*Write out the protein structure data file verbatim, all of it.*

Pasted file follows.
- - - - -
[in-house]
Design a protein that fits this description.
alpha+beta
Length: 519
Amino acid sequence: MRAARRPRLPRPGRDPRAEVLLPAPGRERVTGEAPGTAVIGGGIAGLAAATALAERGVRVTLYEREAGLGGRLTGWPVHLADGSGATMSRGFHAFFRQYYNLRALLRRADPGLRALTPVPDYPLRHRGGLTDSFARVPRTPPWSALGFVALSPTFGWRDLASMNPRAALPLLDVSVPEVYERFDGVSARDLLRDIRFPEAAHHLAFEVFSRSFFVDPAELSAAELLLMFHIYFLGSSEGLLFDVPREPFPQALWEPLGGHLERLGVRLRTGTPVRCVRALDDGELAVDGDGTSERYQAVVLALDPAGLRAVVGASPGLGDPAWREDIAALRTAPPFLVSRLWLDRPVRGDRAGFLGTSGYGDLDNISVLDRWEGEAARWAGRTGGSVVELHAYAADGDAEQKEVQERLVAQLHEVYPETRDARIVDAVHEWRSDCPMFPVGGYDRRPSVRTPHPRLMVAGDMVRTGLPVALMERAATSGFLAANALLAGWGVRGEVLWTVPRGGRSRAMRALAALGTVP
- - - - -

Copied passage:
[in-house]
Design a protein that fits this description.
alpha+beta
Length: 519
Amino acid sequence: MRAARRPRLPRPGRDPRAEVLLPAPGRERVTGEAPGTAVIGGGIAGLAAATALAERGVRVTLYEREAGLGGRLTGWPVHLADGSGATMSRGFHAFFRQYYNLRALLRRADPGLRALTPVPDYPLRHRGGLTDSFARVPRTPPWSALGFVALSPTFGWRDLASMNPRAALPLLDVSVPEVYERFDGVSARDLLRDIRFPEAAHHLAFEVFSRSFFVDPAELSAAELLLMFHIYFLGSSEGLLFDVPREPFPQALWEPLGGHLERLGVRLRTGTPVRCVRALDDGELAVDGDGTSERYQAVVLALDPAGLRAVVGASPGLGDPAWREDIAALRTAPPFLVSRLWLDRPVRGDRAGFLGTSGYGDLDNISVLDRWEGEAARWAGRTGGSVVELHAYAADGDAEQKEVQERLVAQLHEVYPETRDARIVDAVHEWRSDCPMFPVGGYDRRPSVRTPHPRLMVAGDMVRTGLPVALMERAATSGFLAANALLAGWGVRGEVLWTVPRGGRSRAMRALAALGTVP